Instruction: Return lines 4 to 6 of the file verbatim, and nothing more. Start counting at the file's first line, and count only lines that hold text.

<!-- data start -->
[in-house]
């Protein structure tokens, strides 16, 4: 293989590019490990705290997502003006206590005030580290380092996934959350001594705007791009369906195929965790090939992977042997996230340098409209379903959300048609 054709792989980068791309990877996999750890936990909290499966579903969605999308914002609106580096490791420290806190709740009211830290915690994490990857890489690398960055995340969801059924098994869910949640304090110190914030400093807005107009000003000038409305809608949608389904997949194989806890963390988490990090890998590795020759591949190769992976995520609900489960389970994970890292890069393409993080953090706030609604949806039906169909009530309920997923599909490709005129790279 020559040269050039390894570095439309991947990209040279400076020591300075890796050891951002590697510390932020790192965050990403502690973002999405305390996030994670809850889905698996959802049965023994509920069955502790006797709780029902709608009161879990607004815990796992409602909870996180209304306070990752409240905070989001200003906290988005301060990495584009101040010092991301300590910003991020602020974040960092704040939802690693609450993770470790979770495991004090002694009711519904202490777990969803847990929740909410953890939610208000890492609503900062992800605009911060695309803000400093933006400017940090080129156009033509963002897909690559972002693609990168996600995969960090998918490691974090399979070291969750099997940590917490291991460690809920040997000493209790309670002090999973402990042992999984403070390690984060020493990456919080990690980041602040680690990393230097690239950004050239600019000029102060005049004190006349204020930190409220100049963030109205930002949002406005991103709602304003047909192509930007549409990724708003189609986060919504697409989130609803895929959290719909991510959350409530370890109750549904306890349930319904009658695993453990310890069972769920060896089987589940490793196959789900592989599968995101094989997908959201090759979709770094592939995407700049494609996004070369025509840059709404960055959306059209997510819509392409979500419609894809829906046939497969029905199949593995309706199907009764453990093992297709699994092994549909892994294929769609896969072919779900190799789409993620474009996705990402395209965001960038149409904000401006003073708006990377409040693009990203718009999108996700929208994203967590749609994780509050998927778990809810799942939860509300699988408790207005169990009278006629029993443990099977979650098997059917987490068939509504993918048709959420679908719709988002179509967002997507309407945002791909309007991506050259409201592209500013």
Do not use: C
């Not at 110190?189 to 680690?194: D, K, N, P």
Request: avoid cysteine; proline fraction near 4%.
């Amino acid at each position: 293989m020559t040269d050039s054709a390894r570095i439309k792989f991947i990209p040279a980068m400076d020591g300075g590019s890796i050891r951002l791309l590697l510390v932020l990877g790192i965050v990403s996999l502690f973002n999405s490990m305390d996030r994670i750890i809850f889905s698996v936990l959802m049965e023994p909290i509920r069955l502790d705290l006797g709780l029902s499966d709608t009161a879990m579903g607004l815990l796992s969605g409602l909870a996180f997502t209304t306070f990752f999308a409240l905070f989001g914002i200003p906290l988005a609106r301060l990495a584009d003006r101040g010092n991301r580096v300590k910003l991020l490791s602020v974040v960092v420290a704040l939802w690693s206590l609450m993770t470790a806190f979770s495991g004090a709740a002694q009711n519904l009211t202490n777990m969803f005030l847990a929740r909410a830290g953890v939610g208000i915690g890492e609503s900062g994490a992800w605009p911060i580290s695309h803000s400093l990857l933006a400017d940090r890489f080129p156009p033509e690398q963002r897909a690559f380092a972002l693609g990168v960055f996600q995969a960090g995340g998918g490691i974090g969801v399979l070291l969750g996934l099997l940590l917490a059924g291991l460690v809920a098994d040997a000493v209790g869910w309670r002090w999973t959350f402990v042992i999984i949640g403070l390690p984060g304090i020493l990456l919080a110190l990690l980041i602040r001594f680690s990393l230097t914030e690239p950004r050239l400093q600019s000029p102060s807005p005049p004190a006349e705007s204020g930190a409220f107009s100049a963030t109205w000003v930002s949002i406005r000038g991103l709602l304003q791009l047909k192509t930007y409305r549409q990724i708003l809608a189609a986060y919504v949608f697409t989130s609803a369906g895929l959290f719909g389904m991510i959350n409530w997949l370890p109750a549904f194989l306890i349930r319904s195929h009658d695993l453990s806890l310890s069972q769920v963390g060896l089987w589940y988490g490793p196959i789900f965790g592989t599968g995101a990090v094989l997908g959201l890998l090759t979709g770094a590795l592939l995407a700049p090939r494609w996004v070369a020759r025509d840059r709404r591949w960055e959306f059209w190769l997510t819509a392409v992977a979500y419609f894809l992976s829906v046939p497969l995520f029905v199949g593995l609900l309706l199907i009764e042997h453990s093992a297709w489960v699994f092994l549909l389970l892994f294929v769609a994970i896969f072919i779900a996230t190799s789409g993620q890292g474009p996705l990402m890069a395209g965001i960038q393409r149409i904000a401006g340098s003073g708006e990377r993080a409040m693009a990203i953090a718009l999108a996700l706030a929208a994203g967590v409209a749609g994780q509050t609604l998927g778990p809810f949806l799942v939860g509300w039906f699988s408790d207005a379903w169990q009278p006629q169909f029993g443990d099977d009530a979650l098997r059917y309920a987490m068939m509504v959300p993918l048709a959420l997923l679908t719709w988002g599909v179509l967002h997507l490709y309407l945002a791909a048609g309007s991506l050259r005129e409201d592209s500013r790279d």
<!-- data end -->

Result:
């Not at 110190?189 to 680690?194: D, K, N, P």
Request: avoid cysteine; proline fraction near 4%.
């Amino acid at each position: 293989m020559t040269d050039s054709a390894r570095i439309k792989f991947i990209p040279a980068m400076d020591g300075g590019s890796i050891r951002l791309l590697l510390v932020l990877g790192i965050v990403s996999l502690f973002n999405s490990m305390d996030r994670i750890i809850f889905s698996v936990l959802m049965e023994p909290i509920r069955l502790d705290l006797g709780l029902s499966d709608t009161a879990m579903g607004l815990l796992s969605g409602l909870a996180f997502t209304t306070f990752f999308a409240l905070f989001g914002i200003p906290l988005a609106r301060l990495a584009d003006r101040g010092n991301r580096v300590k910003l991020l490791s602020v974040v960092v420290a704040l939802w690693s206590l609450m993770t470790a806190f979770s495991g004090a709740a002694q009711n519904l009211t202490n777990m969803f005030l847990a929740r909410a830290g953890v939610g208000i915690g890492e609503s900062g994490a992800w605009p911060i580290s695309h803000s400093l990857l933006a400017d940090r890489f080129p156009p033509e690398q963002r897909a690559f380092a972002l693609g990168v960055f996600q995969a960090g995340g998918g490691i974090g969801v399979l070291l969750g996934l099997l940590l917490a059924g291991l460690v809920a098994d040997a000493v209790g869910w309670r002090w999973t959350f402990v042992i999984i949640g403070l390690p984060g304090i020493l990456l919080a110190l990690l980041i602040r001594f680690s990393l230097t914030e690239p950004r050239l400093q600019s000029p102060s807005p005049p004190a006349e705007s204020g930190a409220f107009s100049a963030t109205w000003v930002s949002i406005r000038g991103l709602l304003q791009l047909k192509t930007y409305r549409q990724i708003l809608a189609a986060y919504v949608f697409t989130s609803a369906g895929l959290f719909g389904m991510i959350n409530w997949l370890p109750a549904f194989l306890i349930r319904s195929h009658d695993l453990s806890l310890s069972q769920v963390g060896l089987w589940y988490g490793p196959i789900f965790g592989t599968g995101a990090v094989l997908g959201l890998l090759t979709g770094a590795l592939l995407a700049p090939r494609w996004v070369a020759r025509d840059r709404r591949w960055e959306f059209w190769l997510t819509a392409v992977a979500y419609f894809l992976s829906v046939p497969l995520f029905v199949g593995l609900l309706l199907i009764e042997h453990s093992a297709w489960v699994f092994l549909l389970l892994f294929v769609a994970i896969f072919i779900a996230t190799s789409g993620q890292g474009p996705l990402m890069a395209g965001i960038q393409r149409i904000a401006g340098s003073g708006e990377r993080a409040m693009a990203i953090a718009l999108a996700l706030a929208a994203g967590v409209a749609g994780q509050t609604l998927g778990p809810f949806l799942v939860g509300w039906f699988s408790d207005a379903w169990q009278p006629q169909f029993g443990d099977d009530a979650l098997r059917y309920a987490m068939m509504v959300p993918l048709a959420l997923l679908t719709w988002g599909v179509l967002h997507l490709y309407l945002a791909a048609g309007s991506l050259r005129e409201d592209s500013r790279d």